In light of COVID-19 developments and the impact on student activities, the Clubs Office will not be processing registration applications until further notice. We will provide an update as soon as registration of new clubs and societies is resumed.
To be eligible to register with the University, a club (whether a club, society, publication or other type of student association) must first adopt the standard constitution for registered clubs. Club members should also familiarise themselves with the Regulations for the Activities and Conduct of Student Members, both the rules governing registered clubs generally and those applicable to the specific category of club (i.e. non-sports, sports, or publications). Registration with the University is overseen by the Proctors in two ways: for sports clubs is with the Director of Sport via the Sports Federation; for all other clubs, including publications, it is with the Clerk to the Proctors, via the Clubs Officer and as set out in these pages.
Applications for new registrations can be sent in at any time of the year by filling in and submitting the registration form together with a copy of the standard constitution for registered clubs, as adopted by the club.
Clubs must adopt the standard constitution in order to register with the University - either the standard sports constitution for sports clubs registering via the Sports Federation, or the standard non-sports constitution for all other clubs, societies or associations, including publications.
Certain limited variances from the standard constitution are permitted by default and are indeed necessary to enable clubs to have a fully functioning constitution:
- Paragraph 1: the club’s name. Each club’s constitution must specify its name and so this space is left blank on the standard constitution. Note that not all clubs’ names fit the format “Oxford...Club” set out on the face of the constitution - for example, some clubs prefer to refer to themselves as societies. In such cases, the first sentence should be tailored as follows:
“The Club is called the Oxford … Society (hereafter referred to as “the Club”).”
- Paragraph 1: the club’s objects. Clubs must have “objects” – i.e. a stated purpose and range of activities for which the club exists. For registered clubs, these must relate to the promotion of an activity in the University and must also remain subject to the conditions set out at the end of the paragraph. No proctorial permission is needed to insert objects, so long as they are contained within the sentence structure of the paragraph succinctly; lengthy interpretation or clarification of the objects should not be stated in this paragraph but, if necessary, in (annexed) regulations made in accordance with paragraph 28. Some clubs may be able to secure approval to depart from the requirement to be charitable; if you think that this is the case for your club, you should seek advice from the Clubs Officer.
- Paragraph 18: the club’s committee must have a President, a Secretary, a Treasurer and a Senior Member and may have other members, up to a maximum of 8 as specified in paragraph 15, and should simply insert the number decided on in paragraph 18. It is not permitted, however, to amend the constitution to specify what the various additional roles are; clubs wishing to define particular roles for the additional committee members should specify them instead in by-laws/regulations in accordance with paragraph 28. Similarly, if your club feels that more than 8 committee members would be beneficial, you should consider creating non-committee roles via paragraph 28 regulations and by-laws.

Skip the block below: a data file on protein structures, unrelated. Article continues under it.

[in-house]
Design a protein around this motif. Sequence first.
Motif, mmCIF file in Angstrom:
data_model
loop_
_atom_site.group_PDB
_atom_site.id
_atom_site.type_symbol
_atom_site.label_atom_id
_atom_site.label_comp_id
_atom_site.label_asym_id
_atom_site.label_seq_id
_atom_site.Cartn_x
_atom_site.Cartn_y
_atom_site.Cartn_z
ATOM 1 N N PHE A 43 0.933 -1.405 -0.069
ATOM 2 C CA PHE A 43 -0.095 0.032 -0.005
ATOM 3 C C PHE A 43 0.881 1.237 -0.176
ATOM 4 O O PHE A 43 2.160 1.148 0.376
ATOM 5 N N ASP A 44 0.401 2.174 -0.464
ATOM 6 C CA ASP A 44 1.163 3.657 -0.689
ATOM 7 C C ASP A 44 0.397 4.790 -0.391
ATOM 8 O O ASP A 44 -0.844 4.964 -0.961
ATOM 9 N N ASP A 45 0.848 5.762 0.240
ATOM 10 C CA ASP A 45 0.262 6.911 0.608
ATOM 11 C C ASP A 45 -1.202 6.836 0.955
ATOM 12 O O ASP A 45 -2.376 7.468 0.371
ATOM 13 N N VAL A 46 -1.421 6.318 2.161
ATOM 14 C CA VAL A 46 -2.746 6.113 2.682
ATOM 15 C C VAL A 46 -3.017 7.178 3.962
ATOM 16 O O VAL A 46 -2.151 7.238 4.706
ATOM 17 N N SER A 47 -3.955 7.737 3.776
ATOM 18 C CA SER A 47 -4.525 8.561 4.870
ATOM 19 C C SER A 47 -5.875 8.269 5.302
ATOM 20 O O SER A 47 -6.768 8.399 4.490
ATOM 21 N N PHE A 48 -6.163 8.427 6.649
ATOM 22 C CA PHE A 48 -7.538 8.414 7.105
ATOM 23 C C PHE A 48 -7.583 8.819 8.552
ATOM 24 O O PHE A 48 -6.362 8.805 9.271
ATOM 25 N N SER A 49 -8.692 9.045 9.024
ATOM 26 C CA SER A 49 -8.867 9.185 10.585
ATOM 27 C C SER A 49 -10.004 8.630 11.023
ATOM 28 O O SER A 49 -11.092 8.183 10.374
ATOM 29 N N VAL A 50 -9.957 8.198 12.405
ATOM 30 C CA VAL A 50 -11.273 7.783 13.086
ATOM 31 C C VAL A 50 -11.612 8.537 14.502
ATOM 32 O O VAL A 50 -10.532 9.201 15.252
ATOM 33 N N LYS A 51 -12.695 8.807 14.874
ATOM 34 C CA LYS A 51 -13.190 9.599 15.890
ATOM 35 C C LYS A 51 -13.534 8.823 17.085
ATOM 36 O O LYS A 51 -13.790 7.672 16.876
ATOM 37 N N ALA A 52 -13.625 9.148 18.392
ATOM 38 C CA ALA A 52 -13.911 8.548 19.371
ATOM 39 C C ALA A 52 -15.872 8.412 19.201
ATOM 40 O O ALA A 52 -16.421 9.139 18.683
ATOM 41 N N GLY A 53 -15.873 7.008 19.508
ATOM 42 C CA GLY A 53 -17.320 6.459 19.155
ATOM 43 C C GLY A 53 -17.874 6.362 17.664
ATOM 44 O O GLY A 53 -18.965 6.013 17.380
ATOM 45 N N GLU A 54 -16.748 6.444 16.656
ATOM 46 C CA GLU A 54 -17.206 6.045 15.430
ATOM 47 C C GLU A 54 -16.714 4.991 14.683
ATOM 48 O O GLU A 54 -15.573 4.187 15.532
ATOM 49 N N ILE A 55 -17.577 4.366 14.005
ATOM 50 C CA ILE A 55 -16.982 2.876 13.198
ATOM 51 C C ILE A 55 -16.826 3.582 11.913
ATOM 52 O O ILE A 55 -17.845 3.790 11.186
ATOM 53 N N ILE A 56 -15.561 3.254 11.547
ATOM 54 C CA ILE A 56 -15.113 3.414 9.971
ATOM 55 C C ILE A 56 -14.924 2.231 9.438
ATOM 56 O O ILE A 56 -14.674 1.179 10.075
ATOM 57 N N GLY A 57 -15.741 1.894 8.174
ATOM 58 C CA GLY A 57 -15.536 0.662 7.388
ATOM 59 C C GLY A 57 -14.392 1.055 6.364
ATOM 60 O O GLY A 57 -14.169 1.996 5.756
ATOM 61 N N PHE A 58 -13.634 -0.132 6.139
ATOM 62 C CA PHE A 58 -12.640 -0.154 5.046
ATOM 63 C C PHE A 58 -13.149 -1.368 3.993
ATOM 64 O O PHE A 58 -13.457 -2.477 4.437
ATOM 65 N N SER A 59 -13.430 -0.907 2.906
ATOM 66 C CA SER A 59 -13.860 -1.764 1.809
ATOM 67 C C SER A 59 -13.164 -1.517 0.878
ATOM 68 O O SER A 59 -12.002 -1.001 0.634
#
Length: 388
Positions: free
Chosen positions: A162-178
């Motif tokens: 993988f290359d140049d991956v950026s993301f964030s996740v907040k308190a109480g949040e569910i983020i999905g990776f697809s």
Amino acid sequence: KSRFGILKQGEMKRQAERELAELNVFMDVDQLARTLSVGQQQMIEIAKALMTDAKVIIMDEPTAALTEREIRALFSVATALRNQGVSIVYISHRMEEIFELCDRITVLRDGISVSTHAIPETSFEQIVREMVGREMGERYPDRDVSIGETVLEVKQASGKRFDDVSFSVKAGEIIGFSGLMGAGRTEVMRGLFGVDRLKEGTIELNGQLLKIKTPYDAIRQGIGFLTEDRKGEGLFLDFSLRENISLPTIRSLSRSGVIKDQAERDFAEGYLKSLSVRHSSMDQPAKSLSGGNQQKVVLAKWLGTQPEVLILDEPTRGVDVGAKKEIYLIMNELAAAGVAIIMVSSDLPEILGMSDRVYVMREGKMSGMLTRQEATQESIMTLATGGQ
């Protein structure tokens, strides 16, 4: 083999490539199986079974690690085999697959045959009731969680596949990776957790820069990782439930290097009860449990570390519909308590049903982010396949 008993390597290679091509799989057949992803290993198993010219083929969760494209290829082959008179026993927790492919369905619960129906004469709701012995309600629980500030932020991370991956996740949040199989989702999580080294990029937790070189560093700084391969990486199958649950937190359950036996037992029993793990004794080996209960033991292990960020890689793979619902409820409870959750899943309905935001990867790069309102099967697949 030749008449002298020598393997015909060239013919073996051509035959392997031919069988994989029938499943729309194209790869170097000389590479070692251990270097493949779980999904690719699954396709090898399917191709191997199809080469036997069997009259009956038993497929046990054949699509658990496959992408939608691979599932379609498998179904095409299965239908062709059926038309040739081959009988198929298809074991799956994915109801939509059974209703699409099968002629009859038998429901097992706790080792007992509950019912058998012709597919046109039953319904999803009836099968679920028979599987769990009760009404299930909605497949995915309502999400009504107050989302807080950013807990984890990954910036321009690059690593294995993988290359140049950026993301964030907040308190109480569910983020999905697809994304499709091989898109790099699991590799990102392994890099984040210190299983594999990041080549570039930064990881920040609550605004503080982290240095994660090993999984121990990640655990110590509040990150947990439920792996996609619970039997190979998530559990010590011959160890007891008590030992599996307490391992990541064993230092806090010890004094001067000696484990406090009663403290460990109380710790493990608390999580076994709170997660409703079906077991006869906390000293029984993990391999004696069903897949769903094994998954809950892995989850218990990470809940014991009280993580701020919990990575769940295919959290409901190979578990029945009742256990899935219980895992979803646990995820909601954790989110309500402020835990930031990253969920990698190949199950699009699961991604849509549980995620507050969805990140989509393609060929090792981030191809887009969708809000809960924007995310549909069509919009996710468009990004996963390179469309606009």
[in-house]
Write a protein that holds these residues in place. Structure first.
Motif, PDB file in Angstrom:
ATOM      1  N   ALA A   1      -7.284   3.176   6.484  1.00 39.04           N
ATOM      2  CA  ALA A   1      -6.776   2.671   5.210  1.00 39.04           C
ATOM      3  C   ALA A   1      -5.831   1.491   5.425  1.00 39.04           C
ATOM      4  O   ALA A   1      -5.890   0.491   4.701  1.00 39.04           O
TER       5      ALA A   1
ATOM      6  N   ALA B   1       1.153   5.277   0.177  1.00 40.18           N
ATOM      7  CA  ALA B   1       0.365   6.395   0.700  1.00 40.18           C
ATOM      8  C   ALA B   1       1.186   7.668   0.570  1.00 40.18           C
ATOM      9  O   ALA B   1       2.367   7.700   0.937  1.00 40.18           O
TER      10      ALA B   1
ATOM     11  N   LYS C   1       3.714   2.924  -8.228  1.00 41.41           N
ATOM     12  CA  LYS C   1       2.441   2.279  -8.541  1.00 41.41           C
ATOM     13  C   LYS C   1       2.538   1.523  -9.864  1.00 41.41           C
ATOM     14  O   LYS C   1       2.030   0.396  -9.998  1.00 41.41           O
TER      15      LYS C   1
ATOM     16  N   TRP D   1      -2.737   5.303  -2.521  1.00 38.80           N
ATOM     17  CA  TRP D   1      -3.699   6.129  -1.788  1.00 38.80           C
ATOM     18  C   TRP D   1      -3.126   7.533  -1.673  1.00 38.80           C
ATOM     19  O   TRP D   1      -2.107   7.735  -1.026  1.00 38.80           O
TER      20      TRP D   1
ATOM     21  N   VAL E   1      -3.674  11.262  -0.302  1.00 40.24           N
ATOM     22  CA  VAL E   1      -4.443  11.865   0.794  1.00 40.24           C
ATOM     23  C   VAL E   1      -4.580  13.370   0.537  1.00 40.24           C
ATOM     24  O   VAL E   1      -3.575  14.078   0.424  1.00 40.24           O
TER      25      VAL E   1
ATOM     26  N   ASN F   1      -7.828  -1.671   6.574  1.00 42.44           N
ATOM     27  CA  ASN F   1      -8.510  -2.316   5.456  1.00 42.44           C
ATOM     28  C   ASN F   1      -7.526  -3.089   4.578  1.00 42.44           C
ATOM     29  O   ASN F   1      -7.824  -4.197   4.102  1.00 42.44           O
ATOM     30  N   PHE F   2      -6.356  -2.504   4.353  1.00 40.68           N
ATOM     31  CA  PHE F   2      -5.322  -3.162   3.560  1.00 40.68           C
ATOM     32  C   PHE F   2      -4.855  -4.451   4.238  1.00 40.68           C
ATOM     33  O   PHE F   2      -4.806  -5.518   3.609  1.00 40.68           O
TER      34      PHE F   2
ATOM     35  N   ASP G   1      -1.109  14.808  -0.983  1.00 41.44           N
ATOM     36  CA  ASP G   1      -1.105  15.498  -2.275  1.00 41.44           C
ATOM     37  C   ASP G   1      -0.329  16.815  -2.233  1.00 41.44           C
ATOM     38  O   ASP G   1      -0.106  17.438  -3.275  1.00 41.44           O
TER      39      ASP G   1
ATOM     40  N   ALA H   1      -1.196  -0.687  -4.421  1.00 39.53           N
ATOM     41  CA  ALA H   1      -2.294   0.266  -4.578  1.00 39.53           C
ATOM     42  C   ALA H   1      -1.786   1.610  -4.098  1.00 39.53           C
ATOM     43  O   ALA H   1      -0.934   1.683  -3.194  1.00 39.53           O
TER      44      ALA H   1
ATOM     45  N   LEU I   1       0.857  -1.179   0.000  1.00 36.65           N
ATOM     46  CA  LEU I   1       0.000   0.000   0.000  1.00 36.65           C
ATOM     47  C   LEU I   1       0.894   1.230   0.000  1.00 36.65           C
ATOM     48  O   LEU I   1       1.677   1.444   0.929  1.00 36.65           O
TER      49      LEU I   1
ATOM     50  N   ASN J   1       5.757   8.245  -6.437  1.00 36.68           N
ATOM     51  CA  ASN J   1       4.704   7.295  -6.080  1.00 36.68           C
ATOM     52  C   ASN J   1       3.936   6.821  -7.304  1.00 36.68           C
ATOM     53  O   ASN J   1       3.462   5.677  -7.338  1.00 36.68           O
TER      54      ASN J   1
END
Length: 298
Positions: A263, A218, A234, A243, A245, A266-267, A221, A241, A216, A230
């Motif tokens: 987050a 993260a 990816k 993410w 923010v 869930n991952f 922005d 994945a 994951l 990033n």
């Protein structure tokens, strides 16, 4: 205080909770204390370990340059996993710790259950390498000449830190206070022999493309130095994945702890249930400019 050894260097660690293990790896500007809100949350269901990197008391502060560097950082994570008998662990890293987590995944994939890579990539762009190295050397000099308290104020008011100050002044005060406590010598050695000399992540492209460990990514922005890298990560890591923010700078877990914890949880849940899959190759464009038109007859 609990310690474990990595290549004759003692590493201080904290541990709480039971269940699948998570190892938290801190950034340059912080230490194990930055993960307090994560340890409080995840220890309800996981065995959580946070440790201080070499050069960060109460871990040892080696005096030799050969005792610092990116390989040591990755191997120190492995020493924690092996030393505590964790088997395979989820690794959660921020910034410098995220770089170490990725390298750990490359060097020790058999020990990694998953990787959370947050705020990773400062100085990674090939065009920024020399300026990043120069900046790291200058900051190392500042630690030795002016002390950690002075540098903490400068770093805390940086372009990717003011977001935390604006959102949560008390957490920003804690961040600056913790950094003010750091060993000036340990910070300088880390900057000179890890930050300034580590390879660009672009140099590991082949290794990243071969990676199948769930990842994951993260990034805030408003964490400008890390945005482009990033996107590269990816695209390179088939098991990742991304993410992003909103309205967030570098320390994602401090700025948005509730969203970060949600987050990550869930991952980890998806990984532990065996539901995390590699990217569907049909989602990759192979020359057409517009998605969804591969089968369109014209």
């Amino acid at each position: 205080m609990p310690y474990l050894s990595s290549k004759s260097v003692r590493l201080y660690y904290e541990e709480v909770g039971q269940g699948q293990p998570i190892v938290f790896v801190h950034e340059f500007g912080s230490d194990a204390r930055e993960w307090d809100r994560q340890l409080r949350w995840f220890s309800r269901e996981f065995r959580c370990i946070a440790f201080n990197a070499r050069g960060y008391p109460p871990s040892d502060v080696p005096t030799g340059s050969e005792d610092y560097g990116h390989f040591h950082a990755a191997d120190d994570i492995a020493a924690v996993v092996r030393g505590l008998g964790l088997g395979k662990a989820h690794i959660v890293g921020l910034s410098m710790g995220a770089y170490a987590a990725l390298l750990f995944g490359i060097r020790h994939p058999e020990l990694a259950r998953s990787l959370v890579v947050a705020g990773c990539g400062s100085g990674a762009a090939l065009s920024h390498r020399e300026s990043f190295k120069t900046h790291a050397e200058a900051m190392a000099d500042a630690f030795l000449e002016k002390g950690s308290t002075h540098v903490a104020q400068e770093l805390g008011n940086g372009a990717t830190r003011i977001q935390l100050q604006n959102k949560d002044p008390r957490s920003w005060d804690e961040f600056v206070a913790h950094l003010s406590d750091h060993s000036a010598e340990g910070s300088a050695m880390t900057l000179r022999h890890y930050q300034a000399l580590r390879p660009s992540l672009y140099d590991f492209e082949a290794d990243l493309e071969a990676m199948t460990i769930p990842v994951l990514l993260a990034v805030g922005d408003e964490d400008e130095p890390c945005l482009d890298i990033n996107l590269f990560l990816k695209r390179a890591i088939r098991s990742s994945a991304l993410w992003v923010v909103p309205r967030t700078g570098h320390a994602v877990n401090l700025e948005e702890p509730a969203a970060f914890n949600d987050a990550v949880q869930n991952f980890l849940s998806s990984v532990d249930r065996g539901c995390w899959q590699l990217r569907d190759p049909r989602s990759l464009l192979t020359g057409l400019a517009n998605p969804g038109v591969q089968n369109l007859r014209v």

The Proctors do not normally permit clubs to vary the constitution other than as described above. However, in certain circumstances and when supported by a compelling case, the Proctors have discretion to authorise variances from the constitution. Such authorisation is normally only granted where the Proctors consider that a change is strictly necessary in order to enable the club to carry out its objects (as defined in paragraph 1 of the constitution). If you think that your club may have a case supporting departures from the standard constitution, please seek advice from the Clubs Officer in the first instance.
Clubs may additionally wish to adopt the following template documents as local by-laws:
Club secretaries should bear in mind that they have a responsibility to keep an up-to-date list or register of bona fide club members (i.e. people who have paid their subscriptions or have otherwise been confirmed as remaining active members in accordance with the club’s constitution). This list or register will in most cases represent the definitive information about those eligible to stand in, and vote at, elections for club offices; and it should be made available on request to the Proctors for inspection. It is not sufficient for a club simply to keep a mailing-list of people who have expressed interest in its activities.
Whether the list or register is kept in electronic or paper format, the club secretary should be aware of the requirements of the Data Protection Act. Full details of the legislation are available from the Information Commissioner’s website. (Please see also Other Information.)
Please click on the relevant document in the list below.